Pate Brisee Hors d'oeuvre Cups

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ThePretentiousChef avatar
By Andy Anderson !
from Wichita, KS

Pate Brisee is pronounced paht bree-ZAY. It is a French short-crust pastry dough made from a mixture of flour, sugar, salt, butter, and ice water. It has a high ratio of fat to flour, which gives the pastry its crumbly texture and buttery flavor. It can be used in both sweet and savory pastries. This is one of the first pastries you'll make at Cordon Bleu, and can be used from pie crusts, to tarts, to Hors d'oeuvres. I've changed the recipe a bit, by adding a bit more fat, and freezing the butter. So, what do you say... let's make some Hors d'oeuvres.

serves 6
prep time 1 Hr
cook time 20 Min
method Bake


  •   1 1/2 c
    all-purpose flour
  •   1/2 tsp
    salt, table variety
  •   1/8 tsp
    granulated sugar
  •   6 Tbsp
    sweet butter, unsalted
  •   3 Tbsp
    vegetable shortening
  •   1/4 c
    ice water

How To Make

  • 1
    Cube the butter, and shortening, and place in the freezer for a minimum of 1 hour.
  • 2
    Add the flour, salt, and sugar to the bowl of a food processor, fitted with an S-blade, and mix to combine.
  • 3
    Add the frozen butter, and shortening to the flour mixer, and pulse (1-second pulses), until the butter, shortening and flour are combined, but you can still see bits of butter in the flour.
  • 4
    Transfer the dough to a large (cold) mixing bowl, and add the ice water, just a bit at a time, until the dough comes together. It should be a slightly sticky dough. Chef's Note: I usually use a fork to do the mixing. If you use your hands, the heat from your body will begin to warm up the dough and the butter, and we want them as separate as possible.
  • 5
    Form the dough into a ball, cut in half, and wrap each half in cling wrap. Toss in the refrigerator and allow to rest for 2 or more hours.
  • 6
    Place rack in the middle position, and then preheat oven to 375f (190c).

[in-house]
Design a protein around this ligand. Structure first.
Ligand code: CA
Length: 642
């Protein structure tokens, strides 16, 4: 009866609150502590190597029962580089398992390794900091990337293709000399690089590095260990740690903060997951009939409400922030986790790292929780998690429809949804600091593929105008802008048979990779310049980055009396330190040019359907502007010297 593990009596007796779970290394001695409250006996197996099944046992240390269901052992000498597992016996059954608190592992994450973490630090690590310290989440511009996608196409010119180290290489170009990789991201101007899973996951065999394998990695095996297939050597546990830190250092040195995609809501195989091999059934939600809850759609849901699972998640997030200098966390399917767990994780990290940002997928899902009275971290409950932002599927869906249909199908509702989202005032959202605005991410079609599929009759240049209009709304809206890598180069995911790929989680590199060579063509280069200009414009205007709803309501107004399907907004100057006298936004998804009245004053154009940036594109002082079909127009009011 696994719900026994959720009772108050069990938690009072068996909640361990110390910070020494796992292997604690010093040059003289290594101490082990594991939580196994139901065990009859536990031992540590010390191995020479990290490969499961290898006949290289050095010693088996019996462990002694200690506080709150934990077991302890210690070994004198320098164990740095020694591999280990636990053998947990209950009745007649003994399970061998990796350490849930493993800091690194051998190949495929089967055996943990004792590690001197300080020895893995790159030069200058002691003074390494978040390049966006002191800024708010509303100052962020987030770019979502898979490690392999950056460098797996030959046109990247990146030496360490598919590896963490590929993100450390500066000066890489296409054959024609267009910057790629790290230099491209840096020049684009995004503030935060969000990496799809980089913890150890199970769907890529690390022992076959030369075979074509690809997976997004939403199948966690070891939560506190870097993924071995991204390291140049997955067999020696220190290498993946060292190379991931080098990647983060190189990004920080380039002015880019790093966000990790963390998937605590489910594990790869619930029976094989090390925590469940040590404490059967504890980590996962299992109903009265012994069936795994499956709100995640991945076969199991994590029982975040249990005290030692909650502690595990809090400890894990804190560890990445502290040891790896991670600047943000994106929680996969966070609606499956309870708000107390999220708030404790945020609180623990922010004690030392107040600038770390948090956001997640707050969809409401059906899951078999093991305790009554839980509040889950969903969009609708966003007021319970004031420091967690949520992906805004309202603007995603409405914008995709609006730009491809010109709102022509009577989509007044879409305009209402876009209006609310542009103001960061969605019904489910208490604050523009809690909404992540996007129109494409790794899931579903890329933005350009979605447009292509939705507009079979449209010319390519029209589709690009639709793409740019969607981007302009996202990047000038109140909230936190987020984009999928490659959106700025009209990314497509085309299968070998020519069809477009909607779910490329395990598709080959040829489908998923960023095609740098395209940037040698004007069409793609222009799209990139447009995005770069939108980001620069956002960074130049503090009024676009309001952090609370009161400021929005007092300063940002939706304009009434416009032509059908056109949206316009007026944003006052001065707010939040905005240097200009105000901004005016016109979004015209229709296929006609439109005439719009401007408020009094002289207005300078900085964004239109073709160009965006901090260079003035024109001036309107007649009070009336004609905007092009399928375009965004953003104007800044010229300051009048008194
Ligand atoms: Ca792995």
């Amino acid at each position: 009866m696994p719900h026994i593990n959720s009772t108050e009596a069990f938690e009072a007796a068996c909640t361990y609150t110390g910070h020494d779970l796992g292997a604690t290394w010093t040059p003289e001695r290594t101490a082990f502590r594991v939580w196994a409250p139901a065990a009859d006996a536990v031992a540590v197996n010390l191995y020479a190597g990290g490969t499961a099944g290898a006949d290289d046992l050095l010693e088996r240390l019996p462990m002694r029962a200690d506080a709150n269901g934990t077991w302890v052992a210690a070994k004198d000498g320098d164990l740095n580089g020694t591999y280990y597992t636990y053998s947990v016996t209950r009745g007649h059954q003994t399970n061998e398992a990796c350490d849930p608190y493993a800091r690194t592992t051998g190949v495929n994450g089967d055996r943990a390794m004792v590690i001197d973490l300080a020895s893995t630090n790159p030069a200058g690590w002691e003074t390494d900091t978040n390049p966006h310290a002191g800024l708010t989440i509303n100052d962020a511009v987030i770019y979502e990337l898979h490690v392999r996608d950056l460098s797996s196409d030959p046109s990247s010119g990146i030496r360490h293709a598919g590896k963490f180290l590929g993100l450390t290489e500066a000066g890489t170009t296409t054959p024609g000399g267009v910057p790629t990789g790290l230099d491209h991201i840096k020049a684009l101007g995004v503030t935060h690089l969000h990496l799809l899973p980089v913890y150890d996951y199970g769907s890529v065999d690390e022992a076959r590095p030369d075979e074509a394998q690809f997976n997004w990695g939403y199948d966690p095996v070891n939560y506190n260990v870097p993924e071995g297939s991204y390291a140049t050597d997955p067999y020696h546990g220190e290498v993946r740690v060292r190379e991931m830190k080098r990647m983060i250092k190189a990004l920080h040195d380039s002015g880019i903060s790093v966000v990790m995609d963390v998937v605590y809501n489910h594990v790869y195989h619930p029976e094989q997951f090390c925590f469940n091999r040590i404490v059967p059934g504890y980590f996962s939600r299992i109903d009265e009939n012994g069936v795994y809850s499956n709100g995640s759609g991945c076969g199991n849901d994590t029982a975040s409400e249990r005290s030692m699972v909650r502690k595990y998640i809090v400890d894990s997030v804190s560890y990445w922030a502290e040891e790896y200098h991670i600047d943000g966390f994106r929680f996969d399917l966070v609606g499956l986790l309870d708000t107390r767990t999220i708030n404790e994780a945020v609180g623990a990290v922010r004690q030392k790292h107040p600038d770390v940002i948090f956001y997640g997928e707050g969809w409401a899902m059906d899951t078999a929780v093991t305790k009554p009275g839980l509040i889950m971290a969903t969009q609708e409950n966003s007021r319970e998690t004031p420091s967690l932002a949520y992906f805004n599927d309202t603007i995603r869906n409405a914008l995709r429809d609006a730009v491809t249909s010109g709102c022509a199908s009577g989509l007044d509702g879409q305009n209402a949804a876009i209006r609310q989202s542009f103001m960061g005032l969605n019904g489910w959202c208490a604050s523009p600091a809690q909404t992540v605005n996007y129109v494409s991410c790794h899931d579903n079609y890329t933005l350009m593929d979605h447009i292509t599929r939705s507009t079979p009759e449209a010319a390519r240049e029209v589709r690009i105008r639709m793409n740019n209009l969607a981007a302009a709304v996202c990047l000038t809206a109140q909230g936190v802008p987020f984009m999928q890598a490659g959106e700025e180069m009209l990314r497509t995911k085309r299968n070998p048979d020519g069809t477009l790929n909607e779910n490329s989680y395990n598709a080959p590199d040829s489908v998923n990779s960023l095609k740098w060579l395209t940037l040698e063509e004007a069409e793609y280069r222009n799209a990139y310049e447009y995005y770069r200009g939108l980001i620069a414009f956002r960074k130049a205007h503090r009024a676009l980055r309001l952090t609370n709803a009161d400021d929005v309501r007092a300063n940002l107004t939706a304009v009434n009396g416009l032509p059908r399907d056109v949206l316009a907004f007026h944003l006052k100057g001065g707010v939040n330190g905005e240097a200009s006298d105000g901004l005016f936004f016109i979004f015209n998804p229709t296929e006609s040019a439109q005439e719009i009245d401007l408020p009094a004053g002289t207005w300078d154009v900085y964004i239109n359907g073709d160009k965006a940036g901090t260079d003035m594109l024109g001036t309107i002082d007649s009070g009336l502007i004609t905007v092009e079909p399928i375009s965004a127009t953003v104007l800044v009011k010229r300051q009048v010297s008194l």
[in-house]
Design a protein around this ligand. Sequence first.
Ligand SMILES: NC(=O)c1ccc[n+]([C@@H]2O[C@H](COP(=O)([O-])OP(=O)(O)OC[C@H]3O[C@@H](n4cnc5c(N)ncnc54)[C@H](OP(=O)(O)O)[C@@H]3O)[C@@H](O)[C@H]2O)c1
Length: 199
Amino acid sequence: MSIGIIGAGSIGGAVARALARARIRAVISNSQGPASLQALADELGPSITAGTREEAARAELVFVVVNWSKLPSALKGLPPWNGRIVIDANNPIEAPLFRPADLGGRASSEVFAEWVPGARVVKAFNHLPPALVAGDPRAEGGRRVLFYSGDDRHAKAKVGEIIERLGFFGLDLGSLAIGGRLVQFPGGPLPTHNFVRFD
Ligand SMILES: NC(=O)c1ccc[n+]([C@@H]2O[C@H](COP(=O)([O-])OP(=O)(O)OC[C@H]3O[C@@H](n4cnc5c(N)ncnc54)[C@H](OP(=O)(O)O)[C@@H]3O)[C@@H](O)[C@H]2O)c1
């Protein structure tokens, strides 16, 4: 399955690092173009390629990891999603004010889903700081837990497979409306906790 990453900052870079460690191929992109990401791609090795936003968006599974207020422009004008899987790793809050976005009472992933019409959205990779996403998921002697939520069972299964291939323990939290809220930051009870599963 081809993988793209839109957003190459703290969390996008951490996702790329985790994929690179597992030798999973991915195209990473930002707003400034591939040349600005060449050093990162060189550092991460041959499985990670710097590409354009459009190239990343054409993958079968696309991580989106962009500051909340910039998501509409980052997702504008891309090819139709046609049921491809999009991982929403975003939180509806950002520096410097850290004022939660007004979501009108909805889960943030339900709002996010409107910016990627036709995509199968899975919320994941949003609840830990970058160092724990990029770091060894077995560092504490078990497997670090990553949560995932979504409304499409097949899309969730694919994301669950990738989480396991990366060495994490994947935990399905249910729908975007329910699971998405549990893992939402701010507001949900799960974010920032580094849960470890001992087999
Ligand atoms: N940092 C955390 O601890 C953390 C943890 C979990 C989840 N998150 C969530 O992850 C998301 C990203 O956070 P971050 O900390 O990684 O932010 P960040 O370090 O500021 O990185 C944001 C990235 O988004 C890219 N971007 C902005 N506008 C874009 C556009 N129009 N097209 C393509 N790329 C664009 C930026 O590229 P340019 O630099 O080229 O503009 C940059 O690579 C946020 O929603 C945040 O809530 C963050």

• 7
    After the allotted time, remove one of the dough balls, and roll out on a lightly-floured surface to about 1/8-inch thick.
  • 8
    Using a round cookie cutter, cut them into 2-inch circles, and form them into a mini-cupcake pan, or small tartlet cups.
  • 9
    Bake for ten minutes, remove from oven, and allow to cool. Chef's Note: If the tartlet cups loose their shape during the baking process, very gently use your fingers to reshape. You will need to do this before they cool.
  • 10
    Refrigerate for up to two weeks, or 3 months in the freezer.
  • 11
    During the Autumn season, I make these by the hundreds, and then put them in the freezer (tightly sealed), until needed.
  • 12
    These Pate Brisee cups are a blank canvas for anything you wish to place in them. I've made everything from bite-sized pecan pies, to cheesecakes, to mincemeat pies. One of my favorites, and that of my guests, is to dice up a bit of ham, and add some gruyere cheese, or how about crab meat, sautéed scallions, and gruyere. If you have a basic custard recipe, you could add a teaspoon of that to tie the whole thing together.
  • 13
    To reheat (for most fillings) preheat the oven to 375f (190c), place the Hors d'oeuvres with the filling on a baking tray in the middle position, and bake for about 12 minutes. Serve to your guests while still warm.
  • 14
    Keep the faith, and keep cooking...